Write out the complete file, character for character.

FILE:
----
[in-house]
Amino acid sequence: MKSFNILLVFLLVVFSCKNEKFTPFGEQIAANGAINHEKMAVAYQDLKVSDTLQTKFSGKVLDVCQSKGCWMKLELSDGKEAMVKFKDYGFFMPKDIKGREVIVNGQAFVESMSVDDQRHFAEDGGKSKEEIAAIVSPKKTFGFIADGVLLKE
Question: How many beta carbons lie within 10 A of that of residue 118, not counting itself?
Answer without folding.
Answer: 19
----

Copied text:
[in-house]
Amino acid sequence: MKSFNILLVFLLVVFSCKNEKFTPFGEQIAANGAINHEKMAVAYQDLKVSDTLQTKFSGKVLDVCQSKGCWMKLELSDGKEAMVKFKDYGFFMPKDIKGREVIVNGQAFVESMSVDDQRHFAEDGGKSKEEIAAIVSPKKTFGFIADGVLLKE
Question: How many beta carbons lie within 10 A of that of residue 118, not counting itself?
Answer without folding.
Answer: 19